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- Scott Elmquist
- Jason Yu
Jason Yu, 24
Partner and Director of Marketing, the Hardwicke Group Board Member and Contributor, GayRVA.com
I started talking to girls when I was probably 13, 14 years old, back when AOL Instant Messenger and these chat rooms were the thing to do, and we'd always go to the mall and hang out and meet other people.
They liked me, and I guess I liked them, and I guess I was forcing myself to go out with these girls and hang out. I would go to the dances with girls. I didn't see any homosexual couples at the time at the school dances. But I had my fair share of going out with a lot of girls.
I grew up in Virginia Beach. ... I was very involved with school, whether that was the SGA, I was on the school tennis team, I was even on the academic bowl team. I went to a high school that had almost a thousand-plus students. I wasn't alone. There were other gay and lesbian teenagers, not only in my high school but all around the area as well. So that's one perspective to look into, in terms of the open-mindedness of the community at the high-school level, which sort of made it easier for me to come out later.
I came out after high school. After graduating high school that summer, I knew and I had to tell. The first two people I told were ex-girlfriends. Those two specific individuals had a big impact on my life — we were always hanging out, and they knew so much about me, that I owed it to myself and to them to tell them the truth, and to let them know, this is who I am.
I thought it would be awkward. I thought it would be the most insane, scary, all-of-the-above you can imagine, sharing this moment. But it actually felt great to finally let them know. It took maybe about 10 minutes of beating around the bush ... but I told them, and it's funny. They both said, "Oh, I knew that." They had my back 100 percent. They support everything that I do, and they are thankful that I came out to them and told them.
And then I told people at work, and then once I moved to go to college, and obviously I let my roommates go from there. And when I started dating people obviously they knew. It wasn't until my 22nd birthday that I came out to my immediate family.
I took my mother to lunch, and we had a heart-to-heart moment at the Cheesecake Factory, on my birthday. We were just talking about everything, about how everything was going so fast, and then I laid down the news. And we had our little one-on-one crying session. The waitress had to bring over two extra napkins to dry [our] tears — tears of both accepting me as gay and being honest as well. Letting her into my life. I was a military brat growing up, and so my mother was always there while my father was out to sea. And my mother is 100 percent supportive of me being openly gay, and coming out to her. And her love has not changed for me ever since day one. She suspected it, and it is what it is, and that's who I am.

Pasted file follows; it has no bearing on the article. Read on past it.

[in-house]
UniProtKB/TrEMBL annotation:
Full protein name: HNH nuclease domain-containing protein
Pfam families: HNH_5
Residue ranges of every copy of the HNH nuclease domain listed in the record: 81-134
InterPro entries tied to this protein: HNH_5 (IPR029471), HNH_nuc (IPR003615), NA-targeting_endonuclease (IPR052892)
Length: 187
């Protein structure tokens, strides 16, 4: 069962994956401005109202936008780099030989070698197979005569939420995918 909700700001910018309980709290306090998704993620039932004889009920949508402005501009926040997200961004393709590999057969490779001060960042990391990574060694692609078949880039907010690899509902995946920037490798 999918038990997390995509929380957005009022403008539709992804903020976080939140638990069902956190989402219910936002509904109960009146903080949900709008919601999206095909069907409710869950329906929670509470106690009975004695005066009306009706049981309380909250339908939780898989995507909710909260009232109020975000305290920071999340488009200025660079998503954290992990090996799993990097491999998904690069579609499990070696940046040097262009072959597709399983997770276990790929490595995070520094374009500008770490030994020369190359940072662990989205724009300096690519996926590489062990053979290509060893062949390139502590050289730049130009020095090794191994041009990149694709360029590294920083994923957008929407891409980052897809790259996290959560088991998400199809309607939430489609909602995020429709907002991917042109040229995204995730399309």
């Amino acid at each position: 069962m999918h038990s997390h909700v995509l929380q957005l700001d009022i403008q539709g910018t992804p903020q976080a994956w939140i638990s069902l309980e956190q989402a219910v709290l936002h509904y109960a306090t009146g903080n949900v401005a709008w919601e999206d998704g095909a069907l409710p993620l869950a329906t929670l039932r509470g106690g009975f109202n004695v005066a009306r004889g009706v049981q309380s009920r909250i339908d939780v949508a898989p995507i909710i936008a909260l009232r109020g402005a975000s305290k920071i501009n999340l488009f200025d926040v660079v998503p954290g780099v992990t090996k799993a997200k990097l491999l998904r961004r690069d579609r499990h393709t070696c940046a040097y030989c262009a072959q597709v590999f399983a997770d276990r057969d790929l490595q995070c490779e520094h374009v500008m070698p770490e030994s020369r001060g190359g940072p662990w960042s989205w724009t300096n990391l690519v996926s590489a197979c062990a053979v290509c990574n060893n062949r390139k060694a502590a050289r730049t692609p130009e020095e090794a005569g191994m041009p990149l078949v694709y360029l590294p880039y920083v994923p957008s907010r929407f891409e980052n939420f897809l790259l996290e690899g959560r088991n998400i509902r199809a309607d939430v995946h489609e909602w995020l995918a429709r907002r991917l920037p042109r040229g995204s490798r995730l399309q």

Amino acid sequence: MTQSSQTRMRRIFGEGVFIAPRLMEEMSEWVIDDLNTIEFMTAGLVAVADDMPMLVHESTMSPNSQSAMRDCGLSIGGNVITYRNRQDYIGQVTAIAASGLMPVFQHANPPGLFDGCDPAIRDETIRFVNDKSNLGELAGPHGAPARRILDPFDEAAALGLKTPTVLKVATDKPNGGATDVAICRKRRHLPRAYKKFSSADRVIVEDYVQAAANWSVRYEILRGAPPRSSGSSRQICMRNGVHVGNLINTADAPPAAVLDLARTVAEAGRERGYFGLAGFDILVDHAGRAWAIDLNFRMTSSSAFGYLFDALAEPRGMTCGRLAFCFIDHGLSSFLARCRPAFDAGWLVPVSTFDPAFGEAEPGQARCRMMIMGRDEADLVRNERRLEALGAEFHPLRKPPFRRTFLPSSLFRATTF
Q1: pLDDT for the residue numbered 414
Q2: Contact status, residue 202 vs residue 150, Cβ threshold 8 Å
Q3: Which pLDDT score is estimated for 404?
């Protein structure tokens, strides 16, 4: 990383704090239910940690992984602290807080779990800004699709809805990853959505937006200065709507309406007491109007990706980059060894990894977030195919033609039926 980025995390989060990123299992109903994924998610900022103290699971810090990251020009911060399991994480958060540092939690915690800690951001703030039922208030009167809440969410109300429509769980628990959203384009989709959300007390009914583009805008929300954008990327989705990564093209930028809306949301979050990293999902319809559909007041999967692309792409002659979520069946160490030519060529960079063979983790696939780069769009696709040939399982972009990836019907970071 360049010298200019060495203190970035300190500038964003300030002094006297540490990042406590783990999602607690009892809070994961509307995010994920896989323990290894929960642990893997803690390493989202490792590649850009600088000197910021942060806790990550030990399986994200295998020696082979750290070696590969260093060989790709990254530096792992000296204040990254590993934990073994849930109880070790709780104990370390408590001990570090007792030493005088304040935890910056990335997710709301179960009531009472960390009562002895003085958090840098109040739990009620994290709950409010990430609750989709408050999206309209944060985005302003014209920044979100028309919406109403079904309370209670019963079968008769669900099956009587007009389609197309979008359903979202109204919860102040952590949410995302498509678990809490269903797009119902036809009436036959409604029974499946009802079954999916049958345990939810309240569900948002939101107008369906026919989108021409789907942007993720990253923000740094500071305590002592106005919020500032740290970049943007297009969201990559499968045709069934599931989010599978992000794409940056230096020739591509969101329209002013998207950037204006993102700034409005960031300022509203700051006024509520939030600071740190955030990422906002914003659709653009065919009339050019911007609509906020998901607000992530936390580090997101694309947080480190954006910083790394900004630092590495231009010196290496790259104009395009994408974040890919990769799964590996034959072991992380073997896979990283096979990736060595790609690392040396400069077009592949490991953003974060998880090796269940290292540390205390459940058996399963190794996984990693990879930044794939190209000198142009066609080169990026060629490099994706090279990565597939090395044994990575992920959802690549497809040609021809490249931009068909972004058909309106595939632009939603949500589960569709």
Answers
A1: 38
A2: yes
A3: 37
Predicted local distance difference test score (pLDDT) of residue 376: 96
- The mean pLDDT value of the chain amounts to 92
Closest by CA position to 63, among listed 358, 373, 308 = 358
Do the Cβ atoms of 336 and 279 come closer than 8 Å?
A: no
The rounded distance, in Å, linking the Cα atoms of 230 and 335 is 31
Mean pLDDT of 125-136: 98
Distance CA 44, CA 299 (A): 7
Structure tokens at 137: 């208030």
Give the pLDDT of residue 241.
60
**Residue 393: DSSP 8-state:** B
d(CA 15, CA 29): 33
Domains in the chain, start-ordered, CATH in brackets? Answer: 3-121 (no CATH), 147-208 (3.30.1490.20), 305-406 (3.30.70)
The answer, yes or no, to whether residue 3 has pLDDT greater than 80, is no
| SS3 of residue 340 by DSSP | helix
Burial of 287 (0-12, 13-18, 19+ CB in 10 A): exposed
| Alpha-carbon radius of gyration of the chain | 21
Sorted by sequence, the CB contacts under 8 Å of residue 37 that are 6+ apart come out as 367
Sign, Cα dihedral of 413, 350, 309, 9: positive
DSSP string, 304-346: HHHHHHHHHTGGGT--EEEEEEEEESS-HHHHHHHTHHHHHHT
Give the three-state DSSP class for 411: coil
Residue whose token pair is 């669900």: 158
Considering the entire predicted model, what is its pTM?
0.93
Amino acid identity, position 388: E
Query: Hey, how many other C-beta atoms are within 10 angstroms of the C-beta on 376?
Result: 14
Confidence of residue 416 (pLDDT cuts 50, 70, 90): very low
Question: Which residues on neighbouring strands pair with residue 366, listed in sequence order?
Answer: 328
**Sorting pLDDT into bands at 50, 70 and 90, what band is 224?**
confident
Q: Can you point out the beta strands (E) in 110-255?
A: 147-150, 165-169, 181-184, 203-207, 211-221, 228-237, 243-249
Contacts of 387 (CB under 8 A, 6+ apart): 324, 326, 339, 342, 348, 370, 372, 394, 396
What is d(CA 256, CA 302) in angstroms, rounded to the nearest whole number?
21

After meeting with my mother, she told me that I had to tell my father and sister — that she wasn't going to be the one, that I had to be responsible for telling them in person, face to face. So that afternoon, I gathered them in our family room ... and said,"I hope you guys will still love me the same way, and respect and support me, and this is who I am," and came out to them.
My father had a shocked, surprised, disappointed look on his face, and my sister started to cry. But my father said: "You can't change who you are. And you are who you are. And that's that. We still love you." And my sister said, "Nothing's going to change."
It's been pretty smooth sailing ever since then.
If you have a good support group, it's just going to make life so much easier — and to always have the lines of communication open, but most important, to love yourself, and to be honest with those who love and support you. Because if you're honestly afraid to come out, let alone to your family — they're the first ones that you're going to turn to, and they should definitely know everything about what's happening in your life. And I'm pretty sure they're going to be more than willing to accept who you are.